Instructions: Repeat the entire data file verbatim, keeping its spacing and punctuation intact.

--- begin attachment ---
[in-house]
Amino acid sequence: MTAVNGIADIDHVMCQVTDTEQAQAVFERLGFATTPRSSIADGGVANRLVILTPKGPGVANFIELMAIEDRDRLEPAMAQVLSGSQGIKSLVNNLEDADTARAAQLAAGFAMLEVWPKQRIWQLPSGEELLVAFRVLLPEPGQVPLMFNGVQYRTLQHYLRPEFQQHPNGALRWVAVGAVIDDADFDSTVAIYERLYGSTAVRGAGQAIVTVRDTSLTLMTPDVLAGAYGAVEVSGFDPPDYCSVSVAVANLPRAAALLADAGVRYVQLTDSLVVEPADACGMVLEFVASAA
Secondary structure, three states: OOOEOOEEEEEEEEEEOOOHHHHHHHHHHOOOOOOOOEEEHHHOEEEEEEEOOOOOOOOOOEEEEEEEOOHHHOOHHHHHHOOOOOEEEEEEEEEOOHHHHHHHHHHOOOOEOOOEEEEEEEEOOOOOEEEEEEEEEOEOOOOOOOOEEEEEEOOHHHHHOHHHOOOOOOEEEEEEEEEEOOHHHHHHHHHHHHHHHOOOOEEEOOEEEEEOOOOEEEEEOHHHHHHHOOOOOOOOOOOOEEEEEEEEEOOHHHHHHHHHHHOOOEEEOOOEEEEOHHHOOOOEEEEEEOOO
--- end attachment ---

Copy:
[in-house]
Amino acid sequence: MTAVNGIADIDHVMCQVTDTEQAQAVFERLGFATTPRSSIADGGVANRLVILTPKGPGVANFIELMAIEDRDRLEPAMAQVLSGSQGIKSLVNNLEDADTARAAQLAAGFAMLEVWPKQRIWQLPSGEELLVAFRVLLPEPGQVPLMFNGVQYRTLQHYLRPEFQQHPNGALRWVAVGAVIDDADFDSTVAIYERLYGSTAVRGAGQAIVTVRDTSLTLMTPDVLAGAYGAVEVSGFDPPDYCSVSVAVANLPRAAALLADAGVRYVQLTDSLVVEPADACGMVLEFVASAA
Secondary structure, three states: OOOEOOEEEEEEEEEEOOOHHHHHHHHHHOOOOOOOOEEEHHHOEEEEEEEOOOOOOOOOOEEEEEEEOOHHHOOHHHHHHOOOOOEEEEEEEEEOOHHHHHHHHHHOOOOEOOOEEEEEEEEOOOOOEEEEEEEEEOEOOOOOOOOEEEEEEOOHHHHHOHHHOOOOOOEEEEEEEEEEOOHHHHHHHHHHHHHHHOOOOEEEOOEEEEEOOOOEEEEEOHHHHHHHOOOOOOOOOOOOEEEEEEEEEOOHHHHHHHHHHHOOOEEEOOOEEEEOHHHOOOOEEEEEEOOO